That if I choose to smoke cigarettes, gamble on a sports event, wear a helmet when I ride my bike or wear seatbelts when I drive, it is MY business, and no one elses.

That I have a right to bear firearms and defend myself, my property, and others without anyone's permission.

That my right to Free Speech, Freedom of the Press, Freedom of Assembly and Association, Right Against self-incrimination, and Freedom of Religion are INVIOLABLE. That there *is* an implied Right to Privacy in the US Constitution, and that ALL federal rights must be guaranteed by the States as well.

That we are a Federal Republic, not a Democracy. That the Federal Government must not usurp the rights reserved to the States, and that neither the federal nor state governments may usurp the rights reserved to individuals.

That I have a right to order my own property my own way, without neighbors deciding how high my house should be, whether my mom can live in an adjacent apartment, whether I can fix cars in my garage or whether my dumpster should be allowed to be in "public view."

That I have the right to choose the best educational format for my child, whether in public, private, or a home education setting, without second-guessing by bureaucrats and other vested interests.

That I have the right to join a union if I choose, or to negotiate my own compensation if I choose.

That no one has a right to tell me how to run my business, what to pay my employees, what to offer for sale, or how much to charge.

That it *is* appropriate for government to provide for a common defense, maintain roads and essential services, and to charge me for the benefits I receive.

That it *is* appropriate for society to help those in medical, housing, or other distress, with a view towards helping them achieve independence where possible and on-going assistance where necessary.

That individuals should be encouraged and assisted in the achievement of their own independence and security wherever possible.

That whether you are black, white, asian, Native American, Latino, or mixed race; Christian, Muslim, Jewish, Buddhist, Atheist or of another faith; hetero, homo, bi, or asexual; male, female, transgender or hermaphriditic; native-born or immigrant; employed, unemployed, retired, or disabled; English, Spanish, French, Lakhota, Cambodian, Vietnamese, Chinese, German, or Portuguese-speaking: if you are HERE and you are HUMAN, then you have a right to your life, liberty, property, and pursuit of happiness.

That *NO ONE* - no government official, no clergyman, no law, no insurance company, no FDA or federal agency - has a right to stand between a physician and their patient in matters of medical treatment.

That voluntary business transactions between willing individuals should not be obstructed by government. That freedom and liberty requires the free movement of capital, products, and labor across state and international borders.

That pollution of the environment that results in an act of toxic trespass against all is an appropriate subject of government regulation.

That Police Officers are the servants, not the Superiors, of the citizenry.

That the military must be subject to, and not independent of, the Civil Authorities in all matters.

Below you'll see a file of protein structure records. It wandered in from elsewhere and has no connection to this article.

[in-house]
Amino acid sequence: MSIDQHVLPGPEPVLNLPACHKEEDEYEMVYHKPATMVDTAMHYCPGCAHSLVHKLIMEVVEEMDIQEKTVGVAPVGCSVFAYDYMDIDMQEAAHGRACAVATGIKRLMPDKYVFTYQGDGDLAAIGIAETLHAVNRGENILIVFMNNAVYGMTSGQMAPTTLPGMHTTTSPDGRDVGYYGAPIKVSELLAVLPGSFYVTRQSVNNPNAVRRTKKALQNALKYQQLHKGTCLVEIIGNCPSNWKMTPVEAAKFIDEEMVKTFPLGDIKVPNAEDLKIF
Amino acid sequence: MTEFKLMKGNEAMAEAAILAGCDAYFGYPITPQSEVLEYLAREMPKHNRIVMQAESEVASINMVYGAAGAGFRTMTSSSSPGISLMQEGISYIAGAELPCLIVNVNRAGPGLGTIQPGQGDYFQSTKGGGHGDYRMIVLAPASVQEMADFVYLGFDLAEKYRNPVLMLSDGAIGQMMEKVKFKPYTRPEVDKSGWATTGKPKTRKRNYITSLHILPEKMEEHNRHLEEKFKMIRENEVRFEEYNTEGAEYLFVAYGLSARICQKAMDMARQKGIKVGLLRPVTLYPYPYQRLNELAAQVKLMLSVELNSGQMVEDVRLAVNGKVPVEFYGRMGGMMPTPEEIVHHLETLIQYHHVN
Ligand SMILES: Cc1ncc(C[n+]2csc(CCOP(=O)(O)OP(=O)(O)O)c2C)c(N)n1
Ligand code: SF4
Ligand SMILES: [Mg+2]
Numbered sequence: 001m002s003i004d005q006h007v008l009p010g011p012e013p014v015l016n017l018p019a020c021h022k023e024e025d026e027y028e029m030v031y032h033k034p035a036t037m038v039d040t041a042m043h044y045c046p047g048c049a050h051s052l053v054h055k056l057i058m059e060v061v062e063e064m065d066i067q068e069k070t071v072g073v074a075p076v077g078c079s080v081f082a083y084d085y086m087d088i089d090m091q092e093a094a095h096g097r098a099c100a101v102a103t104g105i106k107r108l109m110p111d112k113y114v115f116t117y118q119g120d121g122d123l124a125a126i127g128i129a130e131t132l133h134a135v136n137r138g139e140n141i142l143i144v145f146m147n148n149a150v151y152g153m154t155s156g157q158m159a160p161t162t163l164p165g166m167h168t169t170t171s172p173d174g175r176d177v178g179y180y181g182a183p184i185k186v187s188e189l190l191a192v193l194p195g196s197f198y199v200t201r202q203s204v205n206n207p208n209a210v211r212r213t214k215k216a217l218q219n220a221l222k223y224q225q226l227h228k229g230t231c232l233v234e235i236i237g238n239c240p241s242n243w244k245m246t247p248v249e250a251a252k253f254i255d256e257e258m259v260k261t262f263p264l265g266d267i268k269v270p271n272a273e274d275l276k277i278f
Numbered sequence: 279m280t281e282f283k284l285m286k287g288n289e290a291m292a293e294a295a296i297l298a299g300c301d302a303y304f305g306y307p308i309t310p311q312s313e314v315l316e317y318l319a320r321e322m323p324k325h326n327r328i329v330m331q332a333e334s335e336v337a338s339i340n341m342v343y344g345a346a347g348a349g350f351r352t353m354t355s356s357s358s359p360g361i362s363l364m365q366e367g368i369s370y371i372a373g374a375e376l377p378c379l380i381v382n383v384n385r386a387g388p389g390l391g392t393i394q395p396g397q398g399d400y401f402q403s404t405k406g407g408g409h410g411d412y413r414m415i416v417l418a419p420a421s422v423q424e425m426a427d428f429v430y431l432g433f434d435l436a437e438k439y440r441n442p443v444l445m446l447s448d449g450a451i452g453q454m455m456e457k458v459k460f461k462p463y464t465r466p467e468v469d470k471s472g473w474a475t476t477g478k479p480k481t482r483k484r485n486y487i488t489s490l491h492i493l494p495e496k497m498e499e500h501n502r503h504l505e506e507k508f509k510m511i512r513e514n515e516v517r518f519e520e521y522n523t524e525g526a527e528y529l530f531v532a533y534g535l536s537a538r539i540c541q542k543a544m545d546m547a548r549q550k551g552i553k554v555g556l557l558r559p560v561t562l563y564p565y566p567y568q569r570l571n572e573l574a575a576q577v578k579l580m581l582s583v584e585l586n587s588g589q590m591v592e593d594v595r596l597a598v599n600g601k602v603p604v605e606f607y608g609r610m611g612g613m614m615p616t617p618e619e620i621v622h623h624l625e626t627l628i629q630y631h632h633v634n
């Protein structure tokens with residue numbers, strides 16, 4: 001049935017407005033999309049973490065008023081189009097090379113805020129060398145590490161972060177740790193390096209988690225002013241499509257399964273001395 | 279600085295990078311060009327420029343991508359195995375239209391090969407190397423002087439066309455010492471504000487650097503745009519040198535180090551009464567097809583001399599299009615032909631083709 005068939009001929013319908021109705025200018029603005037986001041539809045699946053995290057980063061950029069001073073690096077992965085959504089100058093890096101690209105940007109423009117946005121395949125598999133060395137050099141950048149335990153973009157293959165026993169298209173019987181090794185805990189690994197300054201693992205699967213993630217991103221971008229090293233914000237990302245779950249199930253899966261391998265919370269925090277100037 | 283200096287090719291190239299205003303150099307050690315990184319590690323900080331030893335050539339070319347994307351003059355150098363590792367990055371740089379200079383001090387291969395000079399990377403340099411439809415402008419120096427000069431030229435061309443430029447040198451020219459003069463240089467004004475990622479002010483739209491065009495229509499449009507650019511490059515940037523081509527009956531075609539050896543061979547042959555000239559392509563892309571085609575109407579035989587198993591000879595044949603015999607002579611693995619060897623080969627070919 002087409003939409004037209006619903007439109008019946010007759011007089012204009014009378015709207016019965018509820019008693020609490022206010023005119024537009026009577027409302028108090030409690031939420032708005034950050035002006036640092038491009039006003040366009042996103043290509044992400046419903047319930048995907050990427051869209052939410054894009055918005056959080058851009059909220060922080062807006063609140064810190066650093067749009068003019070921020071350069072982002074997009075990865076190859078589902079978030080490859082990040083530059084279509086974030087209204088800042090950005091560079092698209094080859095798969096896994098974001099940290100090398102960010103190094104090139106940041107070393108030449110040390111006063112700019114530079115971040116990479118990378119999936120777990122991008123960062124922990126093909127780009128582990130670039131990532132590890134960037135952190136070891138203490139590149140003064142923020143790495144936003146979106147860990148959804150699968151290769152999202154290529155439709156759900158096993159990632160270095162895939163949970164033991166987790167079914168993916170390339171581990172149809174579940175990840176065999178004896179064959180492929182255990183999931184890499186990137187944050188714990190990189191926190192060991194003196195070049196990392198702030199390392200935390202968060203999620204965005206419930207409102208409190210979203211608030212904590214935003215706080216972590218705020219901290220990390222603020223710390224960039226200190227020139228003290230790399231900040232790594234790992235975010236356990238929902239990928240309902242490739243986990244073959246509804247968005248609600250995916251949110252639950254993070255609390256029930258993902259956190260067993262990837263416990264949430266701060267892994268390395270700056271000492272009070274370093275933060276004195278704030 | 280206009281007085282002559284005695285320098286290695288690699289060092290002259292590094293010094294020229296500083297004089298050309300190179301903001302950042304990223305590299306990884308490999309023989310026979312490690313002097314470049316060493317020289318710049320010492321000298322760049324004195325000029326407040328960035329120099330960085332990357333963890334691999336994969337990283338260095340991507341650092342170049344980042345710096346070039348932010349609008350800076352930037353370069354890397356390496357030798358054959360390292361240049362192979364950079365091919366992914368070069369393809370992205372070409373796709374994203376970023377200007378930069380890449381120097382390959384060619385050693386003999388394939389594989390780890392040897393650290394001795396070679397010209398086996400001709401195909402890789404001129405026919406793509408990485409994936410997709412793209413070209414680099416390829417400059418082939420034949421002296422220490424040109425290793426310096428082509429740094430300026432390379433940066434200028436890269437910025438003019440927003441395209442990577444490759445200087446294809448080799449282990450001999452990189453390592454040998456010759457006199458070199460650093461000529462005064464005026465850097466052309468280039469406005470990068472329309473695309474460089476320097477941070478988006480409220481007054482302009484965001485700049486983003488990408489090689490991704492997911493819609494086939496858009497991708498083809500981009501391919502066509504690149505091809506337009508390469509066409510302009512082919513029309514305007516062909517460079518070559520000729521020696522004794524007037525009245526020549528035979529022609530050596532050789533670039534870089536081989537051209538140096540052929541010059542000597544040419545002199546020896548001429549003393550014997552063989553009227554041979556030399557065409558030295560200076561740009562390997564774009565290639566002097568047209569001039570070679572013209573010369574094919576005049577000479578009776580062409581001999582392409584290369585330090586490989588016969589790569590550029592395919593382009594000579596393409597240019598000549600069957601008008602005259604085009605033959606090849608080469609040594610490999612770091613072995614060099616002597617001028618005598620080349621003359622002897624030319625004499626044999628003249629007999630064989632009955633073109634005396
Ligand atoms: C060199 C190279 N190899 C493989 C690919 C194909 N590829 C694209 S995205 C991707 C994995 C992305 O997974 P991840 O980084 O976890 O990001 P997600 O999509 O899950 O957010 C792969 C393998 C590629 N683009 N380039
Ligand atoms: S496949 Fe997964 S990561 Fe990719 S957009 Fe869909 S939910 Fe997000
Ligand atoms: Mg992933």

That the primary goals of a criminal justice system should be restitution for the Victim and reform of the criminal, not vengeance or punishment.

That wherever possible, taxes and fees should be realistically tied to the costs that my actions are incurring, and earmarked for appropriate remedial uses.

That since businesses retain profits when successful, they must never transfer losses to the public, and that bailouts, subsidies, and corporate grants are immoral transfers of wealth.

That Government Deficit Spending likewise effectuates a transfer of wealth from citizens to wealthy bondholders who lend funds to the US Government, and is therefore opporessive, regressive, and confiscatory by design.

I love America so much that I cry when reading the The New Colossus, singing the Star Spangled Banner, or watching the US Olympian Team...but also know we have a lot of growing up to do, and yes, we can even learn from more mature nations like France, England, and Germany.

So....Am I a Republican? Democrat? Libertarian? Independent? Loonie? Plain ol' frustrated American?

Monday, October 26, 2009

Dede Scozzafava: A Pragmatic - and GOOD - Choice for New Yorks 23rd CD.

It's true: Dede Scozzafava, the Republican candidate in northern NY's special Congressional election, doesn't toe the Right-Wing line on a number of issues. Staunchly pro-2nd amendment, she is also pro-abortion rights (consistent with the Supreme Court) and pro-Marriage Equality. My God, she almost sounds Golderwateresque!

But wait, there's more: her husband is a union organizer, and she has very tight ties with union leaders. Her district, along the Canadian border, contains a significantly higher proportion of union workers (and trade concerns) than most districts in the US, and so yes, she tends to side with labor on a number of issues. Hmmm...sounds rather Jack Kempesque, too....which isn't surprising, considering that her district is the remotest, most economically hardest-hit district in New York.

Sarah Palin has opened her mouth in endorsing rival Conservative Party candidate Doug Hoffman, and Minnesota's Gov. Pawlenty is leaning in that direction. One has to wonder what these two know, if anything, about the 23rd District, and why they are sticking their noses into a New York race.

Even Newt Ginrich has weighed in for Scozzafava, saying